I'll be updating this page
soon with information to educate and inform.
Having been subject to ignorance and prejudice, it only seems right that education and information are the tools in which we defeat those terrible foes. Without knowledge, human nature is to malign or fear that which we do not understand. It is my hope that there will be a future for our world when humankind rises above and embraces diversity in this world.
Hopefully the information to be provided here will, in some small way, help with that process.
Lynn Conway, Professor of Electrical Engineering and Computer Science, Emerita
Transsexual Women's Successes
by Lynn Conway
Copyright © 2001-4, Lynn Conway
30,000 to 40,000 postoperative transsexual women live in the
The social invisibility of successful women who have undergone gender corrections supports the notion that male-to-female transsexualism is extremely rare. However, intense transsexualism is not all that uncommon. Recent calculations indicate that the condition occurs in about 1 out of every 250 to 500 children born as boys, and that about 1 in every 2500 males in the U.S. has already undergone surgical sex reassignment*. Transsexualism is thus more than twice as prevalent as multiple sclerosis (MS), cerebral palsy or cleft lip/palate conditions.
The invisibility of these successes supports notions that gender transitions often have rather sad outcomes. At present, the media only spotlights transsexual people on two occasions, namely when "someone well-known changes sex" and when someone is a victim of discrimination, harassment or attack. Media stories about someone's "sex change" are never followed-up to find out what happened years later. Instead stories always focus on pre-transition life and struggles during transition and never on their life afterwards. This lack of balance in exposure shapes society's notion that transition leads to social marginalization or worse, because we "never hear about them again". Only stories of occasional social failures and victims of harassment and attacks remain visible longer term.
Lacking successful role models, and confronted with deliberately staged, stereotypically-prurient images of "transsexuals" from media like the Jerry Springer Show, young trans girls are often terrified to tell anyone about their condition. Constantly reminded of the violence and discrimination that trans people face, but unaware that large numbers of successful women get beyond such difficulties, many young transsexual girls can't see any way out of their awful predicament. Social stigmatization of transsexualism leads many young people to internalize a lot of undeserved shame, embarrassment and guilt about their condition. As a result, young transsexual girls often waste precious years before they seek help, and many never find a way to correct their gender condition.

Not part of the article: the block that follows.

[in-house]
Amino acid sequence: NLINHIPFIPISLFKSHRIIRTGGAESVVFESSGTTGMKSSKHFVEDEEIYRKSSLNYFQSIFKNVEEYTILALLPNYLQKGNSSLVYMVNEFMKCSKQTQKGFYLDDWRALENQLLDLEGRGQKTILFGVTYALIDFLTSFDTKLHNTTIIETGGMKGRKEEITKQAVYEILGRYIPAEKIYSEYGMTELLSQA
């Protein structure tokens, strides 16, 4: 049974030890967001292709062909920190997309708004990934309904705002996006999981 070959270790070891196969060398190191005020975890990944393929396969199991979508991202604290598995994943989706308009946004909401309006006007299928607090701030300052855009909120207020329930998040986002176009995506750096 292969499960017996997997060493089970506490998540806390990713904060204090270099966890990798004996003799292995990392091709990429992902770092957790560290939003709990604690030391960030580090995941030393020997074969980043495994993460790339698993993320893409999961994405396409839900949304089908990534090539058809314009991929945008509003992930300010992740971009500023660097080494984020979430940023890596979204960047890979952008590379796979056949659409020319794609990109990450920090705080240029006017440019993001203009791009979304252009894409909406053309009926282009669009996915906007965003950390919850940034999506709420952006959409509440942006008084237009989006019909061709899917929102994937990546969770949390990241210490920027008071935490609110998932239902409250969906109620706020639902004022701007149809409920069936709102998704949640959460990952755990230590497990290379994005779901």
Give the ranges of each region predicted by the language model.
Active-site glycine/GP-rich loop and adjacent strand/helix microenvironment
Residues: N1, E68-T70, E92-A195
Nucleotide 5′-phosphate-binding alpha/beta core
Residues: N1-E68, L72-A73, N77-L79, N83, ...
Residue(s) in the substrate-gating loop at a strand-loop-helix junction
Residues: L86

the veil of invisibity has been lifting, as many
post-operative women all around the world have begun creating websites to help
others. Some of these women are quietly "out" within the TS
community. Others share their stories by being "virtually out" (VO)
only via the web (while otherwise remaining woodworked or in stealth). We are
very fortunate to finally be able to learn about their lives, as they become
listed on webpages such as this one.
The women listed on these pages are a very diverse group. They are of many different nationalities, races and ethnicities. They come from a wide range of social classes and family backgrounds. They transitioned at many different ages. Some have been postop a long time, others transitioned more recently. Some have been "out" for many years, others are still living stealthily.
Many of these women had to suffer terrible trials in order to transition, especially those who did so years ago. Some rose from extremely humble beginnings, including living on the streets, and yet succeeded anyways. Others had easier transitions in more recent times in the more enlightened western countries. A few were even fortunate enough to have had the support of their parents when they were young.
The thing that makes these women "successes" isn't how far they've gone in their careers, or how much money they've made, or how pretty some of them are, or how well known some are as entertainers. Those accomplishments are very meaningful, and show that transitioning doesn't have to hold a woman back from achieving traditional social measures of success. However, the real successes we find here are ones of the heart. They are successes in living "life in the large". We see it in the happy faces, and sense it in between the lines of their stories. These are the successes of women who have survived and corrected their earlier transsexualism, and gone on to find joy and comfort and peace in their lives.
Taken together, our stories will gradually help change people's views of the transsexual condition. After all, we are happy and productive contributors in all walks of life: as doctors and lawyers, as scientists, engineers and programmers, as airline pilots, as entrepreneurs, managers and office workers, as university professors and students, in politics, in education, in law enforcement, in the skilled trades, in modeling and in entertainment. The realities and completeness of our physical gender transformations cannot be denied. Many of us are wives, lovers or partners in long-term loving relationships. You can put a compelling human face on the transsexual condition by browsing the websites linked from these pages, which contain information about the experiences of these successful women.
Lynn Conway’s website